- Oral presentation
- Open Access
Parents and prevention research - is it possible? A systematic review of the literature
Journal of Eating Disorders volume 1, Article number: O39 (2013)
Parents have been identified as playing an important role in promoting either risk or protective factors for the development of body image or eating problems in their children. The purpose of this study was to systematically review the literature on eating disorder prevention programs that include a component for parents. A range of academic databases were searched for English language publications between January 1992 and April 2012. 443 novel records were screened for eligibility. Studies needed to meet three inclusion criteria: 1) Delivery of a prevention program designed to reduce eating disorder or body image dissatisfaction in children (2) Some program component specifically targeted to parents (3) Implementation and reporting of an outcome measure to evaluate the prevention program. 18 papers were included in the review. Although three studies attempted to compare parental involvement with student-only interventions, very small sample sizes and a lack of parental engagement hampered statistical analyses. The majority of studies incorporated a minimal parental component in school-based interventions for pre- or young adolescents, without thorough evaluation of impact or effects. While research involving parents is well developed in prevention of obesity and externalising disorders, there are significant gaps in the eating disorders field. Researchers need to focus on effective parental engagement and rigorous evaluation design before parents can be optimally involved in prevention research.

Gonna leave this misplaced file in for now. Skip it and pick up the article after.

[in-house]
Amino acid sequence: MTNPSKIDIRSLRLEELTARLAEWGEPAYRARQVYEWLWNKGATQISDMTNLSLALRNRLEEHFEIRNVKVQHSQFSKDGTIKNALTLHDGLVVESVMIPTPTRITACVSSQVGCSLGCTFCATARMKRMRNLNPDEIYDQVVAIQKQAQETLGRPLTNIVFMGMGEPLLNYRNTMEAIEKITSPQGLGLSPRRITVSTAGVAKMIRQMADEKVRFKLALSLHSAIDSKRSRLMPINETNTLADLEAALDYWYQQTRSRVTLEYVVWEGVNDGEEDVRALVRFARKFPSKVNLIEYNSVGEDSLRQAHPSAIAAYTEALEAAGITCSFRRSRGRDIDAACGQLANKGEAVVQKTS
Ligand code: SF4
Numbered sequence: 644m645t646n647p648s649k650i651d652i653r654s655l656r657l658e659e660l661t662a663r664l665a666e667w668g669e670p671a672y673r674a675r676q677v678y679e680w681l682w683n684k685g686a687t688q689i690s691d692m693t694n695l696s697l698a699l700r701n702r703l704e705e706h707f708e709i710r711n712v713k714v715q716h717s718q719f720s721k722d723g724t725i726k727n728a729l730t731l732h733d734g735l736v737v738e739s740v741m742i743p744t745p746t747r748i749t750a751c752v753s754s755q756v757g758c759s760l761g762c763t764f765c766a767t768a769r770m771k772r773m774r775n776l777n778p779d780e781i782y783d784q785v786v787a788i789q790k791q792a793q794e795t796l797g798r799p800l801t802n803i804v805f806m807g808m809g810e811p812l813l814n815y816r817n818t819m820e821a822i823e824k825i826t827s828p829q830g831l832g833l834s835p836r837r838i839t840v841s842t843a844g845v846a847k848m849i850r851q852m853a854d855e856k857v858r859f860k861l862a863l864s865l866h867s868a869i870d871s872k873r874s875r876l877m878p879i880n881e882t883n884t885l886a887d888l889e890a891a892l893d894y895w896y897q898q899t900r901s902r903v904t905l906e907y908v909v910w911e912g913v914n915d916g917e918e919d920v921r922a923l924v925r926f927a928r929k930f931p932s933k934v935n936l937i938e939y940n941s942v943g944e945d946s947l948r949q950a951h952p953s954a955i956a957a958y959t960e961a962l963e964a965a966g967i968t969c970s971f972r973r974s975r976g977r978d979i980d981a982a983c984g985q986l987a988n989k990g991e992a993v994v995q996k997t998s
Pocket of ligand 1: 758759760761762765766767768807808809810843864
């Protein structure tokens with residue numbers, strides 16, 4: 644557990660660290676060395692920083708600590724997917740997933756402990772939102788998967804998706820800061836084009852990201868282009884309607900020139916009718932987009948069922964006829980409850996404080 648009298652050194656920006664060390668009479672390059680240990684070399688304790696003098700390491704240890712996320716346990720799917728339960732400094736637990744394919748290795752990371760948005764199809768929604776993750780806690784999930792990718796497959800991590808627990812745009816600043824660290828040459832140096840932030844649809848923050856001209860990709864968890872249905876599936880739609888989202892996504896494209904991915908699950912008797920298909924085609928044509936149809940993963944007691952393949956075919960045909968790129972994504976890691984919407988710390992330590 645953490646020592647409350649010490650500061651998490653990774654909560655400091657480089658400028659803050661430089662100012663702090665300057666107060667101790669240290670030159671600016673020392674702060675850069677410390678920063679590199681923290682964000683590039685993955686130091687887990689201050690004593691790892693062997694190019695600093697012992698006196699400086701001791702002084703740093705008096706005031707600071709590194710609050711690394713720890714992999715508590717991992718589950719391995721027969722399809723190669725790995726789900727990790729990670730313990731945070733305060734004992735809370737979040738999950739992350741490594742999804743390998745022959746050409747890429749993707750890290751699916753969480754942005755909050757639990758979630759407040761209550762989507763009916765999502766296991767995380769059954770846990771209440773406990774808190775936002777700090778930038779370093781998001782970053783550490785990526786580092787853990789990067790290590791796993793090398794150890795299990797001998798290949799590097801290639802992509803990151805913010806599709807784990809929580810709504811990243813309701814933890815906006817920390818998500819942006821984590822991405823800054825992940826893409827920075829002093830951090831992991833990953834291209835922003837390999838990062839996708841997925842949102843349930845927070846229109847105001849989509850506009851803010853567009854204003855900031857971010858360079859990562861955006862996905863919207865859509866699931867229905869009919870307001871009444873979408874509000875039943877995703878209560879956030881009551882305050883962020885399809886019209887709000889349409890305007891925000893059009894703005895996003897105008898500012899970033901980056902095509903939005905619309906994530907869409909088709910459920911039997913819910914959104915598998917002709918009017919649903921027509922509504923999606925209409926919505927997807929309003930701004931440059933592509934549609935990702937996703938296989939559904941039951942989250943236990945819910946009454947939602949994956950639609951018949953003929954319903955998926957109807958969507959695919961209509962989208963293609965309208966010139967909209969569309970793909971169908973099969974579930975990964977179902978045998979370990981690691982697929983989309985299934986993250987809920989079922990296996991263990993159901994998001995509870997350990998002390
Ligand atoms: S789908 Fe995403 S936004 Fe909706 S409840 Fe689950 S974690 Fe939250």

This abstract was presented in the Prevention stream of the 2013 ANZAED Conference.
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Paxton, S., Cornell, C. Parents and prevention research - is it possible? A systematic review of the literature. J Eat Disord 1, O39 (2013) doi:10.1186/2050-2974-1-S1-O39
- Body Image
- Prevention Program
- Eating Disorder
- Parental Involvement
- Young Adolescent